DCS stops sending kids to two privately-operated juvenile detention centers

The Department of Children’s Services will no longer place girls in Magnolia Academy after repeated escapes and runaways from the juvenile detention facilities in Columbia and Lewisburg, reports the Columbia Daily Herald.

More than 60 girls have run away from the Columbia home since 2011, The Daily Herald reported in August. The problem was exacerbated over the summer when two girls escaped in a stolen Magnolia Academy van and eluded police for more than two months.

DCS worked with Magnolia Academy’s parent company, ResCare of Louisville, to resolve problems, said Susan Mitchell, DCS executive director of network development. A series of corrective actions were unsustainable at the homes for low-level juvenile offenders and troubled foster children.

“We were in ongoing discussions with the parent company,” Mitchell said. “They made some progress. But it seemed like when they turned off one spigot, another one would flood the premises. It was one problem after another.

“We had open communications and worked collaboratively, but I stand by the decision to stop sending girls,” she added. “We all have precious few hours in the day. This problem continued to persist. We were continually having to put out little forest fires, little spot fires.”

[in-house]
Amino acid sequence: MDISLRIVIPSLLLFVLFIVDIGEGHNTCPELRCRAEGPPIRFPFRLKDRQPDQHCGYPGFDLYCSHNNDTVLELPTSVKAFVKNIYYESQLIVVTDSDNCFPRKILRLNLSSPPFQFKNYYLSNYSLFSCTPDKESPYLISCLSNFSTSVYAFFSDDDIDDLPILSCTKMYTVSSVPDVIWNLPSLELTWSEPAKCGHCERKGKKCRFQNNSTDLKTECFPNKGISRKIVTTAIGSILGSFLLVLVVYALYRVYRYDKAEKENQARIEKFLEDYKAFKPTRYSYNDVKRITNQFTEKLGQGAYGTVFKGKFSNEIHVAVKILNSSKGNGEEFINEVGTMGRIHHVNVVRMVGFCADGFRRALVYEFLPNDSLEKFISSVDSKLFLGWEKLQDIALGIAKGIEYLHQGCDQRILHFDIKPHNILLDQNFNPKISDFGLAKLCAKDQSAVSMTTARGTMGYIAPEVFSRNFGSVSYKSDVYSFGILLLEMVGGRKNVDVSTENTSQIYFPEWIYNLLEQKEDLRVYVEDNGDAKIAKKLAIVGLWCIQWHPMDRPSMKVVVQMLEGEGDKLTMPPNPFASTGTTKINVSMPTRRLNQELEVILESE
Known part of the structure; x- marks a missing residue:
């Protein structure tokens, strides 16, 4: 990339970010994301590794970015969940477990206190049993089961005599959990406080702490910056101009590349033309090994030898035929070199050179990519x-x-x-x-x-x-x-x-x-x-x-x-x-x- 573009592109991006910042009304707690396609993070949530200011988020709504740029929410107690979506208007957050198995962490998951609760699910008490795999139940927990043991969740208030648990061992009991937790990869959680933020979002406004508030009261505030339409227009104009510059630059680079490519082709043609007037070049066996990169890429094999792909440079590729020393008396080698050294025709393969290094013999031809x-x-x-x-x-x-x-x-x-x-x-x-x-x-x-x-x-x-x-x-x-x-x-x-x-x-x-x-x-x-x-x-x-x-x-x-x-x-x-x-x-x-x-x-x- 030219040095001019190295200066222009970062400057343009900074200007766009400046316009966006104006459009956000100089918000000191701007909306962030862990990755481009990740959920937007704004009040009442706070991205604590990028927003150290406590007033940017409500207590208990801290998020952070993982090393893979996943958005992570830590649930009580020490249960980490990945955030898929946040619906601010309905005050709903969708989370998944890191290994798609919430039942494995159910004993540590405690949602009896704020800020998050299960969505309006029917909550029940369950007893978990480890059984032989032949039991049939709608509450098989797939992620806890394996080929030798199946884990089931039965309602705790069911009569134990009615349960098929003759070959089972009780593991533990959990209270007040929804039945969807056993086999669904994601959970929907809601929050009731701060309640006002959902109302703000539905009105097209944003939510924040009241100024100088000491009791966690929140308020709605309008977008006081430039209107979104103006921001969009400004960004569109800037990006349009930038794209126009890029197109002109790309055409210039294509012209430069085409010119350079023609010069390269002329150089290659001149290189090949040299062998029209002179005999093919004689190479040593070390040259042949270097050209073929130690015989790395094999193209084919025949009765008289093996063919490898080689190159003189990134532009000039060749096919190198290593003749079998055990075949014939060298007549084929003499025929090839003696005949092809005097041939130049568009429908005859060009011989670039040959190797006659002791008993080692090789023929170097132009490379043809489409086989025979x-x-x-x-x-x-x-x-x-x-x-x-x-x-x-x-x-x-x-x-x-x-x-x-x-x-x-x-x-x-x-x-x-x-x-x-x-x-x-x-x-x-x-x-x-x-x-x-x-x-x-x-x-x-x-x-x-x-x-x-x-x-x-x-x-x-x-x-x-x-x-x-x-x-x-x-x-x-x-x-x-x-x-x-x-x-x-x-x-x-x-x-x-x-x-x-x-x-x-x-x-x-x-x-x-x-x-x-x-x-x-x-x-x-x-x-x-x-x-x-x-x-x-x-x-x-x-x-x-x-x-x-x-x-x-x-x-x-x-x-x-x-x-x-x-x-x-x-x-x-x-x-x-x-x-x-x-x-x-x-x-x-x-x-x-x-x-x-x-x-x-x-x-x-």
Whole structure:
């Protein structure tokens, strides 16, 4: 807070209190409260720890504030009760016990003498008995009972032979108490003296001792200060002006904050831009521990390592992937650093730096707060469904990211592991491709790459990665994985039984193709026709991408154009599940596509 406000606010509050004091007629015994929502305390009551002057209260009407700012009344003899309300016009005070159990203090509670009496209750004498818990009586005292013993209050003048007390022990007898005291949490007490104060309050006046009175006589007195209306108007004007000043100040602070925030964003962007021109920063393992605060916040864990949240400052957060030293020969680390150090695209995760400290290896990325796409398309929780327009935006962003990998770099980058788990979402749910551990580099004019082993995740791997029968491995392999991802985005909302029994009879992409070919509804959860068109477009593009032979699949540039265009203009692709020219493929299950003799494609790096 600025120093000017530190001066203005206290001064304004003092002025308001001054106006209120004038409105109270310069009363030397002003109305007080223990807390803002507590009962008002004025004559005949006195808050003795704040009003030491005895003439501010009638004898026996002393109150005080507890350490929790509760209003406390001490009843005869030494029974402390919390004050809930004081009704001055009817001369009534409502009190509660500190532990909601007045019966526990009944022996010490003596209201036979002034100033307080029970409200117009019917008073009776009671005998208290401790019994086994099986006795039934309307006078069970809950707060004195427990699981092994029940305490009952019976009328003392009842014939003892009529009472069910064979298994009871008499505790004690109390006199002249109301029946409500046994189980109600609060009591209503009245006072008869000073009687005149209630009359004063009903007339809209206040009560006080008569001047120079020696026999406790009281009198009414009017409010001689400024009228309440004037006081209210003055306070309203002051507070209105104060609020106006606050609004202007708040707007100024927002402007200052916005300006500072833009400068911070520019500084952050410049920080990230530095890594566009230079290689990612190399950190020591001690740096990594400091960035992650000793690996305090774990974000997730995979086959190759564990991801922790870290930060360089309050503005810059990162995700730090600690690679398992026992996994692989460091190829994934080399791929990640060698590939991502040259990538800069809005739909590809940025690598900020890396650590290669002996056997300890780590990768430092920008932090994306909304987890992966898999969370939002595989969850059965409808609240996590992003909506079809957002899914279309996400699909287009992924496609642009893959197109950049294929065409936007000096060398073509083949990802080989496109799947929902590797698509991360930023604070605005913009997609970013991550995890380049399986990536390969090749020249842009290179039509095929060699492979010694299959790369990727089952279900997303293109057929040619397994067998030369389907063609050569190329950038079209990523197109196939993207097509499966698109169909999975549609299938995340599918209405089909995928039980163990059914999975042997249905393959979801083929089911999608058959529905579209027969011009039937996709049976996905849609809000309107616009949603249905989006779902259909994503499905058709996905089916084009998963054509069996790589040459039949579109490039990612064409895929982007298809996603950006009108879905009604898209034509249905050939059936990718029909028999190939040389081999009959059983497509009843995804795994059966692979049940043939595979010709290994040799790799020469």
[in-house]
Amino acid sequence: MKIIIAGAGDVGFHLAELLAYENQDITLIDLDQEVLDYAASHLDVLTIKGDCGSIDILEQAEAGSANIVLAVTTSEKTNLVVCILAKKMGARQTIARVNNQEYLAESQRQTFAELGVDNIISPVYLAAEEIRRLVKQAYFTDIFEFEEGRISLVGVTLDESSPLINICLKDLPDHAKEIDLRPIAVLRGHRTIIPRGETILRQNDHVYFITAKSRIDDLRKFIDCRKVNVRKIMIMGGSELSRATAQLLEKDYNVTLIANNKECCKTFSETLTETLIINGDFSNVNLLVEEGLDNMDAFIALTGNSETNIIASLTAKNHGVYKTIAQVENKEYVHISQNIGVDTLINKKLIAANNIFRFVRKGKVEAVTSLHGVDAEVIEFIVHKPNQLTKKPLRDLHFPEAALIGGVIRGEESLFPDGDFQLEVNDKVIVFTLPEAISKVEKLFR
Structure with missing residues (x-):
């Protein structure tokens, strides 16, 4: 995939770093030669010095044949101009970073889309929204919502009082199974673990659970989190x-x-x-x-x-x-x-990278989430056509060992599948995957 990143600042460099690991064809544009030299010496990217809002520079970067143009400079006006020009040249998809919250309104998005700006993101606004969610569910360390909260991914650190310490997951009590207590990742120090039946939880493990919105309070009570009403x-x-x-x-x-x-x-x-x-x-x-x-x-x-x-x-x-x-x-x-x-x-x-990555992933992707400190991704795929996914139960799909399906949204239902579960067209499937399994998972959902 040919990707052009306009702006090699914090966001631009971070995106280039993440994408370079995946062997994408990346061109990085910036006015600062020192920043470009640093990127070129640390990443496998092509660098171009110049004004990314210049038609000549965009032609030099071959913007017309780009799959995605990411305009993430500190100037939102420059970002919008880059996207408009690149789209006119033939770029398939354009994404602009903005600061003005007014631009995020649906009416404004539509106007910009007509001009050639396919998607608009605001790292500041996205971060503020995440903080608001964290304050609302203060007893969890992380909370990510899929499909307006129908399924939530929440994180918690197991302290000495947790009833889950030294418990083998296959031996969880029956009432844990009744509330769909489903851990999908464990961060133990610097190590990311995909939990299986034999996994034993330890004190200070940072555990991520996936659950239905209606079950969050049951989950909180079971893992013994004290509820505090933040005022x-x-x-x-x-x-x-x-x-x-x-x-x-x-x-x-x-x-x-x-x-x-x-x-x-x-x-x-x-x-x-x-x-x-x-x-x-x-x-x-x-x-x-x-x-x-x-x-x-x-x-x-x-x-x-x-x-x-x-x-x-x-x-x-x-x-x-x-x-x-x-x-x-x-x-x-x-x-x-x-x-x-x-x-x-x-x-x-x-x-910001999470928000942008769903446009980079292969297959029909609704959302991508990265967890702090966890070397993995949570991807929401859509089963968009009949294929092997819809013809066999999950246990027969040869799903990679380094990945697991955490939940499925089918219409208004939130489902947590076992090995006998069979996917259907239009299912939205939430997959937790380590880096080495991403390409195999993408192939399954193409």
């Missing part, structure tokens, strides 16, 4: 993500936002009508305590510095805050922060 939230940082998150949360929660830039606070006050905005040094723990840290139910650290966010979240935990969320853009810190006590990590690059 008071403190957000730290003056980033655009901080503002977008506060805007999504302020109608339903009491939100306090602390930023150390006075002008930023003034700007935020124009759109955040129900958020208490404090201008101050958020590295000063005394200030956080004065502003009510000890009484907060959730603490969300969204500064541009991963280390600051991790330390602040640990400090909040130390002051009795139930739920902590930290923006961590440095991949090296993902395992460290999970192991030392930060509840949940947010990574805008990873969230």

The Columbia Police Department felt it was being used as a private security force for Magnolia Academy. Whenever a girl would run away, Magnolia Academy staffers were forced to call police because employees were not given authority to stop them.

“To keep the girls happy, some staffers bent the rules,” former Columbia house manager Tina Arigbe told The Daily Herald. “They let the girls use personal cell phones, allowed them to skip mandatory classes and looked the other way when they left the home unsupervised. “It’s a good decision DCS has made,” Arigbe added. “It was a real high risk in the end for the girls to continue to be sent there in Columbia and Lewisburg.”

…The Columbia home housed 12 girls at capacity. It was not equipped with a fence and had minimal security. The Lewisburg home had eight girls when full. It was plagued at the end by plumbing problems. Girls were using the bathroom in the woods for a short period of time.

“The girls were living in filthy conditions,” Arigbe said of the Lewisburg home. “Staff was out sick because of the smell out there.” Arigbe tried for months to call problems to ResCare’s attention, pointing out irregularities to her supervisors after she was hired in January 2014. She was fired July 9.

…ResCare will continue to operate a home for boys in Lewisburg, “For now,” Mitchell said. Arigbe said the same issues have been problematic for the boys. “They have runaways. Kids are not going to school. They don’t seem to care,” Arigbe said.